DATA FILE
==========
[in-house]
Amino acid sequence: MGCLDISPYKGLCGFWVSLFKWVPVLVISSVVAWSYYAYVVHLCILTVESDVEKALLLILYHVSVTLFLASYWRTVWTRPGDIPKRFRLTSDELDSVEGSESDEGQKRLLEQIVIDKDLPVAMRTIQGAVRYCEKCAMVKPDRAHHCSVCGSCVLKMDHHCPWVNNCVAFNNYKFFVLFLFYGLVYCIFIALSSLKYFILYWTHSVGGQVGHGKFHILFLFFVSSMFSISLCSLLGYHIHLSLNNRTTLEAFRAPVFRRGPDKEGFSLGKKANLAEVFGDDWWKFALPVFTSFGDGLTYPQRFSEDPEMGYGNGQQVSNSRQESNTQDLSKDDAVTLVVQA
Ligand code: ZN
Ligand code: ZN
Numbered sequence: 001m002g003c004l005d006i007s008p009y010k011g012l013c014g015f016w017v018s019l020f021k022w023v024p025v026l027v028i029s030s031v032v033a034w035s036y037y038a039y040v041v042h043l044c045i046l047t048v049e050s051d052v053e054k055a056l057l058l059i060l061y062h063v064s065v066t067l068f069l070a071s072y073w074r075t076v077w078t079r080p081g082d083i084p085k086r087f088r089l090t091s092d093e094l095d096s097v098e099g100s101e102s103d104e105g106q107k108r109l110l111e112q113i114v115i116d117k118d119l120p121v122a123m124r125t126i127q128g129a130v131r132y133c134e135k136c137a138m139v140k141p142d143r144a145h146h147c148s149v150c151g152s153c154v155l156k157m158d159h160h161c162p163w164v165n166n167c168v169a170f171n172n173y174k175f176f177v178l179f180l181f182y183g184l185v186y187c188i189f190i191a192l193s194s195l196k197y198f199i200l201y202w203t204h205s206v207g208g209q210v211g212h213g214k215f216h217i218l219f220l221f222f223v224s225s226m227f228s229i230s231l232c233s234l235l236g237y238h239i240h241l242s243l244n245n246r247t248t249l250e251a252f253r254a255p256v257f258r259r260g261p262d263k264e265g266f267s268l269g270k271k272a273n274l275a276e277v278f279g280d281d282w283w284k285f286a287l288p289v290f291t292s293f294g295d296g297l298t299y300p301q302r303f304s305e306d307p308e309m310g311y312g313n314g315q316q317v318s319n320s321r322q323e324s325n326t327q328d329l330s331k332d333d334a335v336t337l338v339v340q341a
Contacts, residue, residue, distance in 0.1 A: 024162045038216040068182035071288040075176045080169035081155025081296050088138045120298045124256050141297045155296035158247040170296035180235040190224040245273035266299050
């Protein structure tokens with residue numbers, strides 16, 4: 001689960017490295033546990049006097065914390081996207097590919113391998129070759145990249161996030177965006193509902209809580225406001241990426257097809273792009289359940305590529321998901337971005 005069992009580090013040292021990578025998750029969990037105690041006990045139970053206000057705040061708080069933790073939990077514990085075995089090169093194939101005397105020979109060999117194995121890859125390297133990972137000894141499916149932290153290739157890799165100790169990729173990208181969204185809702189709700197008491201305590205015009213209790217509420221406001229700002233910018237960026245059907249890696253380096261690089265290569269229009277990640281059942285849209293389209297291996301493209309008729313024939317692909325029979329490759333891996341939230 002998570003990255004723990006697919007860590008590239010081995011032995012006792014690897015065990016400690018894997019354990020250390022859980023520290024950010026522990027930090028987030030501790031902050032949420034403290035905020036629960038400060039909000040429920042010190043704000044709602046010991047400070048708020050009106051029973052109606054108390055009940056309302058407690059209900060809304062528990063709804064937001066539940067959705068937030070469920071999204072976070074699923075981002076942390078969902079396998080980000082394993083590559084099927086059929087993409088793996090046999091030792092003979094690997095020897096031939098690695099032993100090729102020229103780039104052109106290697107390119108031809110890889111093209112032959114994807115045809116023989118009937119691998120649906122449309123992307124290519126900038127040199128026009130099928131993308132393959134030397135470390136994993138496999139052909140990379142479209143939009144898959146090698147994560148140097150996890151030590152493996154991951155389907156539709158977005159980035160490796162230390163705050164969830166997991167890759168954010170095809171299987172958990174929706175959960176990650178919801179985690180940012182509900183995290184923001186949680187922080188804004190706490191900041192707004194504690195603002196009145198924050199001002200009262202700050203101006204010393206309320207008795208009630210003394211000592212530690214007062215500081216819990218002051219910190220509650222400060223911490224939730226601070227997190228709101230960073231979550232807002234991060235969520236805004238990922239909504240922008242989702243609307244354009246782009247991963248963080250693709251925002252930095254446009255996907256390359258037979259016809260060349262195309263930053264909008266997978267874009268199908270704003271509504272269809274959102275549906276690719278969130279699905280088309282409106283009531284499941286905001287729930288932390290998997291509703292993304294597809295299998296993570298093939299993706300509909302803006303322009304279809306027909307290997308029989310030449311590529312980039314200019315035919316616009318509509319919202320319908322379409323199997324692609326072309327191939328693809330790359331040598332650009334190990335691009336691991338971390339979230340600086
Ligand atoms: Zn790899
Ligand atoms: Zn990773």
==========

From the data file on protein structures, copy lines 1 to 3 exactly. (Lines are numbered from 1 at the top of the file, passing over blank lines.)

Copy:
[in-house]
Amino acid sequence: MGCLDISPYKGLCGFWVSLFKWVPVLVISSVVAWSYYAYVVHLCILTVESDVEKALLLILYHVSVTLFLASYWRTVWTRPGDIPKRFRLTSDELDSVEGSESDEGQKRLLEQIVIDKDLPVAMRTIQGAVRYCEKCAMVKPDRAHHCSVCGSCVLKMDHHCPWVNNCVAFNNYKFFVLFLFYGLVYCIFIALSSLKYFILYWTHSVGGQVGHGKFHILFLFFVSSMFSISLCSLLGYHIHLSLNNRTTLEAFRAPVFRRGPDKEGFSLGKKANLAEVFGDDWWKFALPVFTSFGDGLTYPQRFSEDPEMGYGNGQQVSNSRQESNTQDLSKDDAVTLVVQA
Ligand code: ZN